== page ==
Episode 25: Pediatric Syncope and Adult Syncope

In this episode on Pediatric Syncope & Adult Syncope, Dr. Eric Letovksy & Dr. Anna Jarvis run through the key clinical pearls of the history, the physical, interpretation of the ECG and the value of clinical decision rules such as the ROSE rule and the San Francisco Syncope Rule in working up these patients. We discuss how to differentiate syncope from seizure, cardiac causes of syncope such as Arrhthmogenic Right Ventricular Cardiomyopthy & Prolonged QT Syndrome, and the indications for Holter monitoring, Echocardiograms and stress testing in patients with Syncope.

Dr. Letvosky & Dr. Jarvis answer such questions as: How can we diagnose Hypertrophic Cardiomyopathy in the ED? What is the value of Troponin and BNP in the work-up of syncope? In what ways are patients with Down Syndrome at high risk for serious causes of syncope? In what ways are patients with alcohol dependence at risk for serious causes of syncope? Why is ‘Benign’ early repolarization not a benign condition in patients with syncope? Which children with syncope should be admitted? and many more….

Written Summary and blog post by Claire Heslop, edited by Anton Helman, July 2012

APPROACH TO PEDIATRIC SYNCOPE & ADULT SYNCOPE

Key questions:

  • Is it truly syncope? (or could it be something else, i.e. seizure?)
  • Is the underlying cause serious, or life-threatening? (i.e. cardiac dysrhythmia, MI, GI bleed, PE, SAH, ectopic pregnancy …)Is the patient at high risk for a cardiovascular event, or death?

Major categories of syncope

  • Vasovagal: prodrome of nausea, presyncope & sweating; triggered by pain, anxiety, distress, or by prolonged standing or kneeling in a warm and/or crowded place
  • Situational: occurs with micturition, cough, defecation; or by carotid sinus pressure (i.e. turning head, shaving), or subclavian steal (i.e. during arm exercises)
  • Orthostatic: triggered by BP meds, dehydration, alcohol, & autonomic dysfunction CNS: rarely the cause of syncope as the only symptom
  • Cardiovascular: dysrhythmia, structural heart disease or ischemia; clues are family history of sudden/unexplained death, exertional syncope and no prodrome

What are the key clues for serious causes of syncope in a child?

  • Family History of sudden cardiac or unexplained death is worrisome. Ask about deafness or pacemaker implantation in younger family members, or inherited metabolic disorders which may indicate a familial cardiac cause.
  • Triggers: emotional upset may trigger a benign breath holding spell, while a loud, startling noise may cause syncope in a child with congenital long QT syndrome.
  • Always assess children for evidence of non-accidental trauma (abuse), and interview the older child about substance use.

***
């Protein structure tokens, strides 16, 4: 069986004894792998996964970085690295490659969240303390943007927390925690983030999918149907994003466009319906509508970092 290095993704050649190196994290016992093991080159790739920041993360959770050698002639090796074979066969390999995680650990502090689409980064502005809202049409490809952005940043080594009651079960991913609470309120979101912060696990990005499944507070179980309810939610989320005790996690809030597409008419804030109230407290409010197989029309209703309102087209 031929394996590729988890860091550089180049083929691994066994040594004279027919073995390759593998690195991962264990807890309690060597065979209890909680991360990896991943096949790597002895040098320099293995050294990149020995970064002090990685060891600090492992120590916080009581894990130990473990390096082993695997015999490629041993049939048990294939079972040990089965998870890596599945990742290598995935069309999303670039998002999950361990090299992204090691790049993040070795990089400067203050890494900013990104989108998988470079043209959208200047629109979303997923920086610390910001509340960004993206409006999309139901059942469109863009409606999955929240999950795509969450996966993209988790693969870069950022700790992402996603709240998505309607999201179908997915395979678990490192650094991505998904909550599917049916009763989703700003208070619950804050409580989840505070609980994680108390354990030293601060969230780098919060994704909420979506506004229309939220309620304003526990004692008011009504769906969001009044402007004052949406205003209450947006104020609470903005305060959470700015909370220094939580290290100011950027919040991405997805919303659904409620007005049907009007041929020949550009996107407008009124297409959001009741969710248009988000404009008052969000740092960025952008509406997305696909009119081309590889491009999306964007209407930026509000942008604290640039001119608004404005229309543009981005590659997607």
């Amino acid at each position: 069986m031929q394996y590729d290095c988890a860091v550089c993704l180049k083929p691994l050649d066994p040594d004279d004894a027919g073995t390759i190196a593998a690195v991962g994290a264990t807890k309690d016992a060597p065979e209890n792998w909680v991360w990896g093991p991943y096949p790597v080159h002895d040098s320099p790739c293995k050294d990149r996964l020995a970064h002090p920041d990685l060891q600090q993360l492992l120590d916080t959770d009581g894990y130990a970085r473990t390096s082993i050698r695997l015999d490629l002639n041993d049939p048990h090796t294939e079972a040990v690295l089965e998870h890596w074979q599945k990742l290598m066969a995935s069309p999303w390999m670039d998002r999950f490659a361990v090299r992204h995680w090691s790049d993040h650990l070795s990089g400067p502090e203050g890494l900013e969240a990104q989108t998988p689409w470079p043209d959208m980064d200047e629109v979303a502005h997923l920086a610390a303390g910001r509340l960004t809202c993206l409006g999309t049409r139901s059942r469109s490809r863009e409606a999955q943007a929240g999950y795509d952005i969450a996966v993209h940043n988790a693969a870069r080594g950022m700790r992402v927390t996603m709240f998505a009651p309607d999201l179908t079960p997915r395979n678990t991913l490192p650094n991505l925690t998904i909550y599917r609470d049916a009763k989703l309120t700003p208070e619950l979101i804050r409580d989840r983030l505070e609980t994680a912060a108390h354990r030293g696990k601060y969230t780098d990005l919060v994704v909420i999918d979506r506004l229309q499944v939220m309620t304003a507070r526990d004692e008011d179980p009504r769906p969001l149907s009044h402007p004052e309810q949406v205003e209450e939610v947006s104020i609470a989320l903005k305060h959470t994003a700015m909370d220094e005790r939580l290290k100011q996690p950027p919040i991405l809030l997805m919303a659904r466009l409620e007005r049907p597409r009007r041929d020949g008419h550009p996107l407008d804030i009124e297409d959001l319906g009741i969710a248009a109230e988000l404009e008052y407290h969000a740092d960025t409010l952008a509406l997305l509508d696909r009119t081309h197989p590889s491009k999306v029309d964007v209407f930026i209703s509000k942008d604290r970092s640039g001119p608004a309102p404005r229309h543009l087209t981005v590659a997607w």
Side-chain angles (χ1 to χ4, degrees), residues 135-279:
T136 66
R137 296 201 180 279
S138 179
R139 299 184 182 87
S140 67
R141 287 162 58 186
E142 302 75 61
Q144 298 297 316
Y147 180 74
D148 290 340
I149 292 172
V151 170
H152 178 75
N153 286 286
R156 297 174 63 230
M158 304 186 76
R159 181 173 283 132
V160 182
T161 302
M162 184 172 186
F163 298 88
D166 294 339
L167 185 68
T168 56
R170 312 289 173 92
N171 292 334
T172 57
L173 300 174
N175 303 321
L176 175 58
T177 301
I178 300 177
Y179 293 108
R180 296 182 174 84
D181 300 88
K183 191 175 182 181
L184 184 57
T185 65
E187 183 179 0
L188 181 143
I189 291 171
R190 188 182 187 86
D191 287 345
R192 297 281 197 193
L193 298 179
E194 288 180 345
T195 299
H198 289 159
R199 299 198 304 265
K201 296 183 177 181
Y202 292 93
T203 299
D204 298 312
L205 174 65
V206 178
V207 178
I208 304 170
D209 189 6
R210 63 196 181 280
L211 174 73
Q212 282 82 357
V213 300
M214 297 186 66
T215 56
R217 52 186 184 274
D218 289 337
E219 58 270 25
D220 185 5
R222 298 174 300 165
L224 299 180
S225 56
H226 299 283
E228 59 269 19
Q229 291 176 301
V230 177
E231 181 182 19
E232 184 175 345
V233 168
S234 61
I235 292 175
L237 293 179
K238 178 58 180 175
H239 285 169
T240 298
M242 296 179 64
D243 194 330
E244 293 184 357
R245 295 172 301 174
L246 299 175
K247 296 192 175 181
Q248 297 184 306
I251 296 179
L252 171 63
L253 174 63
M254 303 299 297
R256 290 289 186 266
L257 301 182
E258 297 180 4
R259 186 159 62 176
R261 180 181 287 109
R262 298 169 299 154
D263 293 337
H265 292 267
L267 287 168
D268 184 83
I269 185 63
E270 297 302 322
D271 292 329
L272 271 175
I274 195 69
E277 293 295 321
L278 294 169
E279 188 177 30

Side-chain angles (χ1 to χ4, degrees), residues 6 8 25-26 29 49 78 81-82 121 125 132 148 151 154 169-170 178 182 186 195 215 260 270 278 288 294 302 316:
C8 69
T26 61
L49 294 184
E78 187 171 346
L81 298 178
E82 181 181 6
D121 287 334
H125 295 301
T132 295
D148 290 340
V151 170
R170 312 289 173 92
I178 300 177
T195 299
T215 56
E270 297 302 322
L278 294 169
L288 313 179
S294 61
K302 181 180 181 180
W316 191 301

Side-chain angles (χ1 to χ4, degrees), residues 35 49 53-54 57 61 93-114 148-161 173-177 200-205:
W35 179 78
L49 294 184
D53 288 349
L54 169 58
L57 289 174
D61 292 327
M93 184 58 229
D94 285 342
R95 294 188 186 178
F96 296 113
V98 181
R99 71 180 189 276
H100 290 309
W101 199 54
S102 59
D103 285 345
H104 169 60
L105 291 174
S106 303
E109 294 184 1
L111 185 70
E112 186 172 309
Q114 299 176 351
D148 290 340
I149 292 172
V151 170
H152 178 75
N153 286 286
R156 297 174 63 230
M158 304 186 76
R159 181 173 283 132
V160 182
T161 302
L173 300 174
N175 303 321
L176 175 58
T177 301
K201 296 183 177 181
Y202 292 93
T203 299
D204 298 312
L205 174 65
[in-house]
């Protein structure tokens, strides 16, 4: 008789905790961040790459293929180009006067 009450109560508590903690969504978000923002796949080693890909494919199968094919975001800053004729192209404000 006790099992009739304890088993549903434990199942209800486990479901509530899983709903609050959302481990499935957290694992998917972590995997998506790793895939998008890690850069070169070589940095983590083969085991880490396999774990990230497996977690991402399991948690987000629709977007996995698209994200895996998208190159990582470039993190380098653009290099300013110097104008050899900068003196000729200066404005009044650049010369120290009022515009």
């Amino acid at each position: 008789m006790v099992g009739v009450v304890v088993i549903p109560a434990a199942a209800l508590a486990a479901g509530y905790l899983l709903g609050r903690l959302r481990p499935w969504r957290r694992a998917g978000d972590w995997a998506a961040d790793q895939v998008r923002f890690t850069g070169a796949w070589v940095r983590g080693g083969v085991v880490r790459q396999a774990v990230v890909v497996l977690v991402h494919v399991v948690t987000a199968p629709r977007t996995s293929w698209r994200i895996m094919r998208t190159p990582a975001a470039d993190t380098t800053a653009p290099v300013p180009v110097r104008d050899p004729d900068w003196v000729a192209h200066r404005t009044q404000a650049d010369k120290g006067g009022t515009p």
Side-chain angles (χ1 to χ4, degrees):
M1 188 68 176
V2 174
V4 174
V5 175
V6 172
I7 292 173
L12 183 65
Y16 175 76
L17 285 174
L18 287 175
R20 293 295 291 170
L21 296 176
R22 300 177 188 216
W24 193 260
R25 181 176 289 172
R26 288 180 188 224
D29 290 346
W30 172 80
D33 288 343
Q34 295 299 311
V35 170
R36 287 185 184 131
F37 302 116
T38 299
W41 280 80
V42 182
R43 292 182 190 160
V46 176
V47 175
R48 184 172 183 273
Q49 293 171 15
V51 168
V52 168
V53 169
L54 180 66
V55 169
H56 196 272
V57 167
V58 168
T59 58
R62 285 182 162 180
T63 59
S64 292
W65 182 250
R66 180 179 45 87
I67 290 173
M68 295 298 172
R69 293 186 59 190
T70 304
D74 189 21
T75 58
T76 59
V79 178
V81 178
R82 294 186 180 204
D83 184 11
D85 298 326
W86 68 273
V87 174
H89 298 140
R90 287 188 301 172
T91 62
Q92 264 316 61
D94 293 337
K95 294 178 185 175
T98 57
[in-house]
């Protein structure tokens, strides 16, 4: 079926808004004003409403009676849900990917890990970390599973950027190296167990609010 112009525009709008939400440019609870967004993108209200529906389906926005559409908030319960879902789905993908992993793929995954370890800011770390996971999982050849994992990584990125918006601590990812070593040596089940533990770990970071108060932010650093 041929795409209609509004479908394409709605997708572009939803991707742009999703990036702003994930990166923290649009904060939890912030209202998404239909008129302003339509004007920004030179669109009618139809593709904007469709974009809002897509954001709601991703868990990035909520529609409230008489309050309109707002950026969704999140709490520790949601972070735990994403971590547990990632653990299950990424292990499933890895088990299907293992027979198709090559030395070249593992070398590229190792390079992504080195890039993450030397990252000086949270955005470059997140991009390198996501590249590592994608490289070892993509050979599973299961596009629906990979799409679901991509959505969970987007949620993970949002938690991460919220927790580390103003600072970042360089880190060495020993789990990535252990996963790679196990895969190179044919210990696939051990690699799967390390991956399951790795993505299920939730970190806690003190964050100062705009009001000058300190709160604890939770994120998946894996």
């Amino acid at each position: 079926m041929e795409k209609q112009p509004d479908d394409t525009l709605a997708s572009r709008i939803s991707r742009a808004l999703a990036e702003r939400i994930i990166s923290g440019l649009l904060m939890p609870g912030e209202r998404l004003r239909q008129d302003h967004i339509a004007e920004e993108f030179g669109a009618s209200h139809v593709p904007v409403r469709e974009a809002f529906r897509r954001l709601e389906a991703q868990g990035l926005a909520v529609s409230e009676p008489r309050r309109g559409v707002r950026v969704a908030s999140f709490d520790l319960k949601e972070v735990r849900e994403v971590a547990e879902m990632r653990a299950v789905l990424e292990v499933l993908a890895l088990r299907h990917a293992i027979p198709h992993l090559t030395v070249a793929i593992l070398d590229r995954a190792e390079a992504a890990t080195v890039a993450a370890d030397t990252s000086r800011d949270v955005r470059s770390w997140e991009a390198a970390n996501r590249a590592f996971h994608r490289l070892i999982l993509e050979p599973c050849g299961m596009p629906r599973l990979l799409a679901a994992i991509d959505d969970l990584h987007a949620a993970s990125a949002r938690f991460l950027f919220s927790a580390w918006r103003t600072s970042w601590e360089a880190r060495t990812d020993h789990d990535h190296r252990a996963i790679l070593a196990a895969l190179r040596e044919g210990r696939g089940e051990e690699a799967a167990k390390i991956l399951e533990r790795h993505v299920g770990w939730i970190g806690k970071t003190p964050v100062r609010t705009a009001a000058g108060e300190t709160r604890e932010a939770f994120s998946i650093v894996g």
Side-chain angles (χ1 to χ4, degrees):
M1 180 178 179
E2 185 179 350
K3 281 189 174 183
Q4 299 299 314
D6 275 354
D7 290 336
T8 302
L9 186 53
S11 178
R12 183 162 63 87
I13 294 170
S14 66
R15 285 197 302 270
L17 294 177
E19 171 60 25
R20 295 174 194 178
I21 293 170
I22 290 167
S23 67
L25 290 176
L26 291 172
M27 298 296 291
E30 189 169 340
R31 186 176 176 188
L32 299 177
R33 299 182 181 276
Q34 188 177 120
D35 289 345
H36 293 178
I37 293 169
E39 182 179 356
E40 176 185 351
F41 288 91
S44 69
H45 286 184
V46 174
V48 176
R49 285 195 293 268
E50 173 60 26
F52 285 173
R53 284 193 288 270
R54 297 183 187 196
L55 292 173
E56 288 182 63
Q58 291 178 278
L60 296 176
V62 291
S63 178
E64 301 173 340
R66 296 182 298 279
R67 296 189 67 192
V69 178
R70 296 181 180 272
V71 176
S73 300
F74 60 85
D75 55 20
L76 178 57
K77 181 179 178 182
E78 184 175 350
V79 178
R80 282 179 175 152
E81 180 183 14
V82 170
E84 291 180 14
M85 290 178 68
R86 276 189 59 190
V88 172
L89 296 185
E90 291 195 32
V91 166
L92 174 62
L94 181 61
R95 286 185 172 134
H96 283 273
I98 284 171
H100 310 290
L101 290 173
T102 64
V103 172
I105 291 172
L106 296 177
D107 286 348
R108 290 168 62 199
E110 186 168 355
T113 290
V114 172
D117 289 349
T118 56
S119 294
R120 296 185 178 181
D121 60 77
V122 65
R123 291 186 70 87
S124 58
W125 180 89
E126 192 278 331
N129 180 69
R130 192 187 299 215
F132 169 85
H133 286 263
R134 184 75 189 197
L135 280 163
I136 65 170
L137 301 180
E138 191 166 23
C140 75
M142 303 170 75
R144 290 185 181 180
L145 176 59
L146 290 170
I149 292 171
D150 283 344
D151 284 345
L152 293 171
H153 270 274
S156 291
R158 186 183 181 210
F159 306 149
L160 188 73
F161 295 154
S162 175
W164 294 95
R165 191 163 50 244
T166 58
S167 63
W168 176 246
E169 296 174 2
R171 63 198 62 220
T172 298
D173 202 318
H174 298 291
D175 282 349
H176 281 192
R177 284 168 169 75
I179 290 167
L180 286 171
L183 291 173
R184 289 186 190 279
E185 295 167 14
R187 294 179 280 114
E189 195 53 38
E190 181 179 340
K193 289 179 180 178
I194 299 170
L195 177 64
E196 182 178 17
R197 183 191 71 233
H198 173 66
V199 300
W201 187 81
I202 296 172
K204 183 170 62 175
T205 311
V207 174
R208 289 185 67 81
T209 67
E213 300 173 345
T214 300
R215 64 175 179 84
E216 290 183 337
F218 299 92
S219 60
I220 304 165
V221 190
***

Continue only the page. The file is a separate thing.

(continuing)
How to differentiate syncope from a seizure 

  • If there are soft tissue injuries at multiple sites, or if posturing or a rigid (tonic) phase was observed before rhythmic activity (clonus), it more likely a seizure. Both syncope and seizure can cause urinary incontinence, but unlike seizure, patients with syncope return quickly to alertness.

 

Physical Exam Pearls

  • Look for injuries: serious head injuries are possible. Also look for evidence of seizure (bitten tongue, cheeks, multiple bruises).
  • Measure orthostatic vitals
    • They have higher yield for older pts (1) who may have orthostatic syncope, however, abnormal findings do not rule out other causes of syncope.
  • Do a careful cardiac exam
    • auscultate for valvular murmurs (i.e. mitral or aortic valve disease).
    • **Any outflow murmur that increases with valsalva in syncope is hypertrophic cardiomyopathy (HCM) until proven otherwise!**
  • Do a rectal exam for occult blood if a GI bleed is suspected based on history, Hb or hematocrit.
  • Other investigations?
    • Always do an ECG. Laboratory testing has low yield, so investigate strategically, based on the history and physical. Consider BhCG (ectopic), Hb (anemia), lytes (hypoK, hypoCa, hypoMg),Trop (very low yield in pts with syncope as their only symptom).
  • Who needs a head CT?
    • Only in adult patients where history or physical suggest SAH,TIA/stroke, or first onset of seizure disorder.
  • ED Ultrasound: Syncope preceding or accompanying abdominal pain could be due to an ectopic pregnancy, or a leaking AAA.

 

ECG Pearls for Syncope

It’s all about the intervals!

  • short PR: WPW
  • long PR: AV conduction block
  • narrow, deep QRS: HCM
  • wide QRS + Epsilon waves: arrhythmogenic RV hypertrophy wide QRS: Vtach,WPW, BBB
  • QT interval: long QT syndrome, (also short QT)

Also, look for Brugada, ACS, myocarditis, and PE changes on ECG 

Arrhythmogenic right ventricular cardiomyopathy:

pediatric and adult syncope

Care of Life in the Fast Lane blog

  • Genetic disorder leading to fibro-fatty changes, which may result in sudden cardiac death in young people (6).
  • Classic ECG findings:
    1. Inverted T waves in right precordial leads (V1,V2,V3)
    2. QRS in Lead 1 > 110 msec
    3. Epsilon waves (low amplitude notches after QRS and before T wave) in right precordial leads (V1- V3)

Benign Early Repolarization:

pediatric and adult syncope

Care of Life in the Fast Lane blog